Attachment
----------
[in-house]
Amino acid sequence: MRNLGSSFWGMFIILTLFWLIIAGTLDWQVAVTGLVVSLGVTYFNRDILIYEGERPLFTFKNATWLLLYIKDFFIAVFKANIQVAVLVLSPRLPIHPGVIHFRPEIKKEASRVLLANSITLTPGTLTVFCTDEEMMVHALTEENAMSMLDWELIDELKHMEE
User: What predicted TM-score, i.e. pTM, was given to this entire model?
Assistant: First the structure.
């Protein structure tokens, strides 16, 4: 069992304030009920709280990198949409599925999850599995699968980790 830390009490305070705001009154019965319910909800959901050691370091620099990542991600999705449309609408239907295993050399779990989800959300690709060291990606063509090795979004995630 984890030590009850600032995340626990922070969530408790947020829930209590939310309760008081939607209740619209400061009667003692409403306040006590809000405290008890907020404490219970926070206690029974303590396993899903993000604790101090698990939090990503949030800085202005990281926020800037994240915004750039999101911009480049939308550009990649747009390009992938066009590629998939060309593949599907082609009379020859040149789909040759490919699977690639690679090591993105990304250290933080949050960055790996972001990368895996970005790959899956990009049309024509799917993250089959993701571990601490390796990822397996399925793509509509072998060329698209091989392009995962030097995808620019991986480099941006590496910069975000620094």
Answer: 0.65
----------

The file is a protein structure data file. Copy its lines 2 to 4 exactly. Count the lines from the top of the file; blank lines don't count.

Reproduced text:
Amino acid sequence: MRNLGSSFWGMFIILTLFWLIIAGTLDWQVAVTGLVVSLGVTYFNRDILIYEGERPLFTFKNATWLLLYIKDFFIAVFKANIQVAVLVLSPRLPIHPGVIHFRPEIKKEASRVLLANSITLTPGTLTVFCTDEEMMVHALTEENAMSMLDWELIDELKHMEE
User: What predicted TM-score, i.e. pTM, was given to this entire model?
Assistant: First the structure.